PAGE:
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Resolving battles via sealed-bid auction in Rising Sun
Rising Sun (2018) is one of my Top 10 Board Games:
Rising Sun is a board game for 3 to 5 players set in legendary feudal Japan. Each player chooses a Clan and competes to lead theirs to victory by accumulating Victory Points over the course of the Seasons. Each Clan possesses a unique ability and differs in Seasonal Income, Starting Honor Rank, and Home Province.
It’s part of the Eric Lang’s trilogy including Blood Rage, Rising Sun, and Ankh: Gods of Egypt. Produced by CMON, it has an impressive table presence with gorgeous minis, colorful board, and thick plastic action tiles that just feel so nice.
Five years after its release, it has dropped a little for me compared to the others in the trilogy.
Tim Chuon has some interesting thoughts in his Reviewing Rising Sun 3 Years Later video that I think are worth watching. The criticism of the Tea Ceremony phase of the game is something I’ve thought about quite a bit. I’ve played games of Rising Sun where someone felt left out after forming alliances, but I’ve also played games where it was a fun part of the game.
The combat in Rising Sun, however, has stayed fresh and exciting for me. It’s resolved via sealed-bid auction, and can involve quite a bit of bluffing.
Let’s take a look!
Sealed-bid auction mechanisms
First, let’s talk about Sealed-Bid Auctions (also known as Blind-Bidding) as a tabletop game mechanism.
Here’s how BGG describes it:
Players secretly make a bid. All bids are revealed simultaneously, and the high bidder wins. Typically some tie breaker mechanism is required. Common ones include closest to start player or using a secondary currency for a tie-breaking bid. A variation on this is called Sealed Bid with Cancellation. In this case, if two or more players have the same high bid, they are eliminated from contention.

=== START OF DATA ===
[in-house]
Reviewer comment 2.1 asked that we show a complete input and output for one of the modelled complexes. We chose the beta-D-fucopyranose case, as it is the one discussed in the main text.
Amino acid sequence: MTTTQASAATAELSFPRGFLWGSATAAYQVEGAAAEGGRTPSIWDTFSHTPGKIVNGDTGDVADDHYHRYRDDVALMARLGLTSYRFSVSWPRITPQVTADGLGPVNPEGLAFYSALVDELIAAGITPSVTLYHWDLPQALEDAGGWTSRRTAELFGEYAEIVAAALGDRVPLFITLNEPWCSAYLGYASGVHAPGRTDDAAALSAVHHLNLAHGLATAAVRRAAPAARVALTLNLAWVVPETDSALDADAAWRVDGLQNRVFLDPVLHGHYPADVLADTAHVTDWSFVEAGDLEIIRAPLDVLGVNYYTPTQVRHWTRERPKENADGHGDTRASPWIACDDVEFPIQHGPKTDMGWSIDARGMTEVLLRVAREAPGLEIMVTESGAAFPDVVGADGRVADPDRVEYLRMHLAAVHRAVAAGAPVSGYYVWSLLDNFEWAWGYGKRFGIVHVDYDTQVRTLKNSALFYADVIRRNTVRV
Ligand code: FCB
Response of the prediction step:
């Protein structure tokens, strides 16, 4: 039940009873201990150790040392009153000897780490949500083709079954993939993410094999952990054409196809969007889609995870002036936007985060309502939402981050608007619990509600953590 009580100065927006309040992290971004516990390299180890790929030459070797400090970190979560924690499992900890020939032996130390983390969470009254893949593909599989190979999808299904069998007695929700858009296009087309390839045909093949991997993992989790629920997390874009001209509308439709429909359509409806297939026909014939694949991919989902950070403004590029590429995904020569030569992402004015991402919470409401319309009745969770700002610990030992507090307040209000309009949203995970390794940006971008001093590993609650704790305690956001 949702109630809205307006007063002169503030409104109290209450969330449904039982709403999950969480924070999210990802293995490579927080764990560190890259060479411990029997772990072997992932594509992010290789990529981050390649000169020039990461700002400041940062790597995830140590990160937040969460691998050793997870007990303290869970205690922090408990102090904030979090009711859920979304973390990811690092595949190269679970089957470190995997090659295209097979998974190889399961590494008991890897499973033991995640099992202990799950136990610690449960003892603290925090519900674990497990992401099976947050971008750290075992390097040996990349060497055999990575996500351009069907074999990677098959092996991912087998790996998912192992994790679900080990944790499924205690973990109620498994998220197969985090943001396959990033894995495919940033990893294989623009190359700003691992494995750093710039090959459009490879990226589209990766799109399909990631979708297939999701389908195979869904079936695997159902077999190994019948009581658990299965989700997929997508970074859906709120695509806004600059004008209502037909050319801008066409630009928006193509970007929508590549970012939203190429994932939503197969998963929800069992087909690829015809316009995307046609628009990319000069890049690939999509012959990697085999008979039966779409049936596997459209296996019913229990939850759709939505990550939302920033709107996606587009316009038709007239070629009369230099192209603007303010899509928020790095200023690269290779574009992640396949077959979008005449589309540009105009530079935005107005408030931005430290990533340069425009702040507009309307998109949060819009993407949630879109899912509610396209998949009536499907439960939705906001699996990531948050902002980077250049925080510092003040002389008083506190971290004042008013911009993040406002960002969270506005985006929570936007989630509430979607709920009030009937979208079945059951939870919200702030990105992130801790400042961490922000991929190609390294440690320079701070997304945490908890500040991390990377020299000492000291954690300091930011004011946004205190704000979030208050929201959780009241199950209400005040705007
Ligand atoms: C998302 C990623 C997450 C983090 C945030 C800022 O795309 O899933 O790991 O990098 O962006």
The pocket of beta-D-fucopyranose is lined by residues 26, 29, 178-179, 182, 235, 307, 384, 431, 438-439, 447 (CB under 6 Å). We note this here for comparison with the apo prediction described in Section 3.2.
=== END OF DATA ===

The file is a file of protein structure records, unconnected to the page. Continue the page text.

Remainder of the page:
Unlike an English Auction (i.e. the kind you usually see in movies) or a Turn Order Until Pass Auction, the Sealed-Bid Auction can be resolved quickly. Everyone places their bid behind a screen or in a closed fist, and everyone reveals at the same time. Done properly, this can add some dramatic moments to a game!
Perhaps because of this speed and simplicity, this style auction is used in many games.
Modern Art uses sealed-bids as one of the auction types, fitting both mechanically and thematically as an art auction. QE (which currently resides on my Shelf of Shame) also uses sealed-bids, but with no upper limit to how much you may bid!
The war phase
Rising Sun is played over the course of four “seasons,” each with the following phases:
As part of the Seasonal Setup, the War Province and War Number tokens are randomized so that the order of combat will change each season. It might make sense to intentionally lose an early battle in one province to better position yourself for a later one in a different province.
During the War Phase, players flip their player board to the War Advantages side. Then for each province with at least two non-allied clans, a battle will take place.
Players secretly allocate their coins to four available choices hidden behind their screens:
Seppuku: Kill all of their figures in the Province, gaining 1 Victory Point and one Honor for each one. This can be a way to position yourself higher on the Honor Track for later battles.
Take Hostage: Capture another player’s figure, only to be returned during the next season. You may also steal one Victory Point.
Hire Ronin: Adding coins increases your forces by +1 for each coin, strengthening your position in that province.
Imperial Poets: After the battle outcome, the player with the most coins on Imperial Poets gains Victory Points related to the total number of all figures killed in the battle.